Red Panda Cub Helps Shed Light on Rescue Efforts
January 22, 2018
Perth Zoo’s new Nepalese Red Panda cub was given its first health check, just as an Australian conservation organization helped rescue six Red Pandas being trafficked across international borders.
Perth Zoo Keeper, Marty Boland said, “We were very excited to welcome a new cub to the Zoo family, however it coincides with the rescue of six Red Pandas from wildlife traffickers, emphasizing just how perilous it is out there for these animals.”
Photo Credits: Alex Asbury/ Perth Zoo
The rescued Red Pandas, destined for the illegal wildlife trade, were taken into the care of one of Perth Zoo’s conservation partners, Free the Bears, after being seized on the border of Laos and China. Tragically, only three of the six survived their first night due to severe stress and potential exposure to disease.
“The recent rescue in Laos highlights how vital coordinated zoo breeding programs are for the survival of this endangered species. It ensures we have an insurance population in place to fight extinction.”
Including the new cub, Perth Zoo has successfully reared 19 Nepalese Red Pandas since 1997.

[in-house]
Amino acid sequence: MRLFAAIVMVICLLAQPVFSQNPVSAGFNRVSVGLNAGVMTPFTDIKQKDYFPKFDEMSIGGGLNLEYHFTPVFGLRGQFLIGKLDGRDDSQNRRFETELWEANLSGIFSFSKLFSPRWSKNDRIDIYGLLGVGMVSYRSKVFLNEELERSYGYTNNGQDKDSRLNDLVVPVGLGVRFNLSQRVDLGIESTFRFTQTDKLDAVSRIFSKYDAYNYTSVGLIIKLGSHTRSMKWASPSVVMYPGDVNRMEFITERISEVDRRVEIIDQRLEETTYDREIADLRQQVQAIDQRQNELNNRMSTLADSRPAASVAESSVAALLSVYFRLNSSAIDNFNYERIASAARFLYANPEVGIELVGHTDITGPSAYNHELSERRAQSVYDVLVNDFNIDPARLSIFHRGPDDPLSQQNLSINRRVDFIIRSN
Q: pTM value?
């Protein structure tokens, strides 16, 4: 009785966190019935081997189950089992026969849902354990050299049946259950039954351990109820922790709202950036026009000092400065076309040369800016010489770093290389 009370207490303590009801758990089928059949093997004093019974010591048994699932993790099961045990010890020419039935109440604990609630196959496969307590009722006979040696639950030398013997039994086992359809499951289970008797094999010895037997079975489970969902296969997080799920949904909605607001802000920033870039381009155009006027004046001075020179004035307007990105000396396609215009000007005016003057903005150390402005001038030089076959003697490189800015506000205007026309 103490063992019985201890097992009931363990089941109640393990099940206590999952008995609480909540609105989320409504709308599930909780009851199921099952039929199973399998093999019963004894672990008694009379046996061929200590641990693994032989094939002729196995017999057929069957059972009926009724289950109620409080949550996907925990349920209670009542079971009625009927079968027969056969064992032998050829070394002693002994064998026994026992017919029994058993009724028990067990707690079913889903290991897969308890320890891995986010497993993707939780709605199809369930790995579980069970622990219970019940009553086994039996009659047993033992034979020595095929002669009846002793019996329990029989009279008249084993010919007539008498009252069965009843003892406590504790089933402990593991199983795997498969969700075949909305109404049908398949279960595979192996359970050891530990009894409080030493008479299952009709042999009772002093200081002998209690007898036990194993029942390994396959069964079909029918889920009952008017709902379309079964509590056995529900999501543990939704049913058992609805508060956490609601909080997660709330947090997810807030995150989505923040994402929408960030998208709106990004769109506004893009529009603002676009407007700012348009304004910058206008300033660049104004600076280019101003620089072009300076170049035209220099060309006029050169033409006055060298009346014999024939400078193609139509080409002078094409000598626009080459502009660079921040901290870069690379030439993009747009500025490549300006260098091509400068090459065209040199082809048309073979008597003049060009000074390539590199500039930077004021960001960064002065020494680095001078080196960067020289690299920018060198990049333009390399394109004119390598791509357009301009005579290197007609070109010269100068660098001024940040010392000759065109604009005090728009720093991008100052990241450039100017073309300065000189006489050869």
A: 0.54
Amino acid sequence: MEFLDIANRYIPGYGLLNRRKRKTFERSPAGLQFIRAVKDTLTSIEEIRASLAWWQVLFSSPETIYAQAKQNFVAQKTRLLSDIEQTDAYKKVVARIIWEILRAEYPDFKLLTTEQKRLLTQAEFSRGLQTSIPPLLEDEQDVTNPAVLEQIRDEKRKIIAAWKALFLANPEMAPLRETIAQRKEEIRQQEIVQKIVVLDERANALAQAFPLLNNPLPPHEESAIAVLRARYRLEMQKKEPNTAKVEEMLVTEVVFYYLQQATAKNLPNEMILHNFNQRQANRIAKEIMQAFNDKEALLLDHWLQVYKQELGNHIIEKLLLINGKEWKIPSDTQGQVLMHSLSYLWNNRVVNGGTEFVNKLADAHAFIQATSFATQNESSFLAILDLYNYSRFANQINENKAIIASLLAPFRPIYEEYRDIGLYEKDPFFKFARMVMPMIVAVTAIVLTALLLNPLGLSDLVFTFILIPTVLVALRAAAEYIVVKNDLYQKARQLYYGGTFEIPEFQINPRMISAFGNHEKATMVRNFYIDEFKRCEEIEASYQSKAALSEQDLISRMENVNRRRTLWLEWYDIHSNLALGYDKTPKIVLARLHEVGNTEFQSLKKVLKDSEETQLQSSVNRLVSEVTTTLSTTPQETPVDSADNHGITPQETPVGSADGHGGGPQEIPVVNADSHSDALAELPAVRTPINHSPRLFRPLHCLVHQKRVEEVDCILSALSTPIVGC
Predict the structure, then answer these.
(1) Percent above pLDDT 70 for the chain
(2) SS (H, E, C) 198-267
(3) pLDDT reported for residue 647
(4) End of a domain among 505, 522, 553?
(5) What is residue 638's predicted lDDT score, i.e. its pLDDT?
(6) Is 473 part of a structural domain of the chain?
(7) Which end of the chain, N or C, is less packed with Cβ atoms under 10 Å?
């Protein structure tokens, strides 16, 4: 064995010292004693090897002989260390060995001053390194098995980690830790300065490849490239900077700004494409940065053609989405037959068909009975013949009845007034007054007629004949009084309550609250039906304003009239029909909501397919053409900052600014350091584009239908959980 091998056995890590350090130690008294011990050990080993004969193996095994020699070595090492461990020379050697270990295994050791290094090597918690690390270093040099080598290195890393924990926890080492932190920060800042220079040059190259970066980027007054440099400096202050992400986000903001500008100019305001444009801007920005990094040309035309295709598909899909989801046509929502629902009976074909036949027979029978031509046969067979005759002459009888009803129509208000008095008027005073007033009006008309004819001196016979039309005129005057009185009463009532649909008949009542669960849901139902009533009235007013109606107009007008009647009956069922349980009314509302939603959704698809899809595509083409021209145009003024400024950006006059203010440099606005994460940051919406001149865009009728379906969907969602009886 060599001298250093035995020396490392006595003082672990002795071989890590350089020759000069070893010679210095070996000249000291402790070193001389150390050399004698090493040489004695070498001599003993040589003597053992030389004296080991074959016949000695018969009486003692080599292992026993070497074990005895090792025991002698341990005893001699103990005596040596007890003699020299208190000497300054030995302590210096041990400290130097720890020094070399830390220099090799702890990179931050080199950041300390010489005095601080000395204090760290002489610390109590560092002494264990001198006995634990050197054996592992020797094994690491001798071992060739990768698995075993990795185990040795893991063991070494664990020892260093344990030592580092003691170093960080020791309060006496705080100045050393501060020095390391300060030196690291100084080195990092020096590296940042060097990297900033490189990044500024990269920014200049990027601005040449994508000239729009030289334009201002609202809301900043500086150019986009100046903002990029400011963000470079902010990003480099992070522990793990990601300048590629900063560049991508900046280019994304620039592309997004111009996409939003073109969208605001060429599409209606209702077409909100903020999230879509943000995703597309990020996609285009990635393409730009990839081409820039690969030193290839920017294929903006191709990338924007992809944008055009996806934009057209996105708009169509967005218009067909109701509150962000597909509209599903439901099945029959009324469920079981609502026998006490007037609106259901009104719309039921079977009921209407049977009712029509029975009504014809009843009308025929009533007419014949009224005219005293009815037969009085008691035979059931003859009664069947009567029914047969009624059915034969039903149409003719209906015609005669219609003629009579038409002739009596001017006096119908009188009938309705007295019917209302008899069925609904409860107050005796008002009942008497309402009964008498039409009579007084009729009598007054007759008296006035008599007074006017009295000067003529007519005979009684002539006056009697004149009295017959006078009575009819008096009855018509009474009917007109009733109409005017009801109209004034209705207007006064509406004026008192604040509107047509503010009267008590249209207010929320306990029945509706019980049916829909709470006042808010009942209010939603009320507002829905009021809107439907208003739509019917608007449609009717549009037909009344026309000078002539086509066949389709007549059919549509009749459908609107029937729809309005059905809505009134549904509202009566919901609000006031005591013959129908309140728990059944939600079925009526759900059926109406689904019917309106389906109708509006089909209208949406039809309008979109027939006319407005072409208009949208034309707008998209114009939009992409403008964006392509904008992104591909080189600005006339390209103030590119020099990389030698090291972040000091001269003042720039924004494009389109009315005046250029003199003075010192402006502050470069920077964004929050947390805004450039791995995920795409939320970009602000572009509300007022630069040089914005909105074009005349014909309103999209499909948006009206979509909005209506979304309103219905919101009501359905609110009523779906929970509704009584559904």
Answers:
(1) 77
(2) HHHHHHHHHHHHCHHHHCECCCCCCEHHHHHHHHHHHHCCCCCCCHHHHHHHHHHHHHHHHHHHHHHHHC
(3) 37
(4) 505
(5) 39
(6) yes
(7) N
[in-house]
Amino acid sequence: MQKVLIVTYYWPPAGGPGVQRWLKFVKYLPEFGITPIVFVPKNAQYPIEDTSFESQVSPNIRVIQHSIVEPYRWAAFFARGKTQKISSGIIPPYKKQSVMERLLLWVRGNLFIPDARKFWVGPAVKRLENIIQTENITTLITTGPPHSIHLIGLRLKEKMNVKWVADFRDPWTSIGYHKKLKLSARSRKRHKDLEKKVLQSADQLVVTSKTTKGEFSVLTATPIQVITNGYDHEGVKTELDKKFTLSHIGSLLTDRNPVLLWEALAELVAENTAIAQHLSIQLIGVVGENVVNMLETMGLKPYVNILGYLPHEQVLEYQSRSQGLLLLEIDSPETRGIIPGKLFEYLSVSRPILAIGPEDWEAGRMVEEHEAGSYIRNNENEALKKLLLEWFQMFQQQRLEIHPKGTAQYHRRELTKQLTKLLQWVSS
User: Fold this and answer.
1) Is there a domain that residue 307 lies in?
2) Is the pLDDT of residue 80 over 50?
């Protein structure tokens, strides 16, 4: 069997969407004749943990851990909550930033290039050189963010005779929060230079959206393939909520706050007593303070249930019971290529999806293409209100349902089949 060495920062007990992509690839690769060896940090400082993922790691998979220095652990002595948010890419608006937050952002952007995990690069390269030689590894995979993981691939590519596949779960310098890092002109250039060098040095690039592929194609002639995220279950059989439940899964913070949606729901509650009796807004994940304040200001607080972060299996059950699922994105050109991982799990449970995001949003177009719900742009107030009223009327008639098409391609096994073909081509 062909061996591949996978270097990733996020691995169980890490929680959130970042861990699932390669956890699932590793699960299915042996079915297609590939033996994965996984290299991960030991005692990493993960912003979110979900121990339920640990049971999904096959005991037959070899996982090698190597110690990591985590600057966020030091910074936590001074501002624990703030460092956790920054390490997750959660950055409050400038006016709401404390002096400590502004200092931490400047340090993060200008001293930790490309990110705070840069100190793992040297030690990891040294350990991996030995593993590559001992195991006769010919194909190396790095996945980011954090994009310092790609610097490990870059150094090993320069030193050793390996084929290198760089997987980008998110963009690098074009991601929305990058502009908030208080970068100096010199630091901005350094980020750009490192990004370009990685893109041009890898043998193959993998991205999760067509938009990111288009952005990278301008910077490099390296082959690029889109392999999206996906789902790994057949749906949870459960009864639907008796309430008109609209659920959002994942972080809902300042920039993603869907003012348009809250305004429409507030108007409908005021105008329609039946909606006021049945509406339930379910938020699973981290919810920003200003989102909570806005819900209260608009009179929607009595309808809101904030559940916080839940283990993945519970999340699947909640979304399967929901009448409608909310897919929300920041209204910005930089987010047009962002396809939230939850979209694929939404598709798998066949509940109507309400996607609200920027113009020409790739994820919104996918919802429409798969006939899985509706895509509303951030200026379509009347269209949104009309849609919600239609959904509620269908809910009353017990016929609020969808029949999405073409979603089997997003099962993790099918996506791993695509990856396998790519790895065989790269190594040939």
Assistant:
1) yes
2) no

The two-month old Red Panda was born to 9-year-old mother, Anusha, who was also born at Perth Zoo, and 6-year-old father, Makula, who was born in Canberra.
"Today our veterinarians gave our furry new arrival a quick health check of its body condition, eyes, teeth, ears and weight,” Marty said. “The Perth Zoo team are also consulting with Free the Bears, providing advice on appropriate diets and how to reduce heat stress for the rescued pandas.”
Nepalese Red Pandas are found across the Himalayan Mountain and foothills of India, China, Nepal and Bhutan. Deforestation and illegal poaching continue to be significant threats to remaining populations. Less than 10,000 are thought to remain in the wild.
Apart from coordinated breeding programs, Perth Zoo is committed to saving wildlife and has several conservation partners, including Free the Bears, and an ongoing partnership with TRAFFIC, the international wildlife trade monitoring network. Jointly we help fund a Wildlife Crime Analyst position to fight wildlife trafficking and poaching.
Perth Zoo’s Red Panda cub is expected to emerge from the nest box in April.
Those wanting to help Red Pandas are encouraged to donate to Perth Zoo’s Wildlife Conservation Action program, which supports organizations including Free the Bears and TRAFFIC, helping protect animals beyond the Zoo’s borders.
More information can be found at: https://perthzoo.wa.gov.au/get-involved/donation-conservation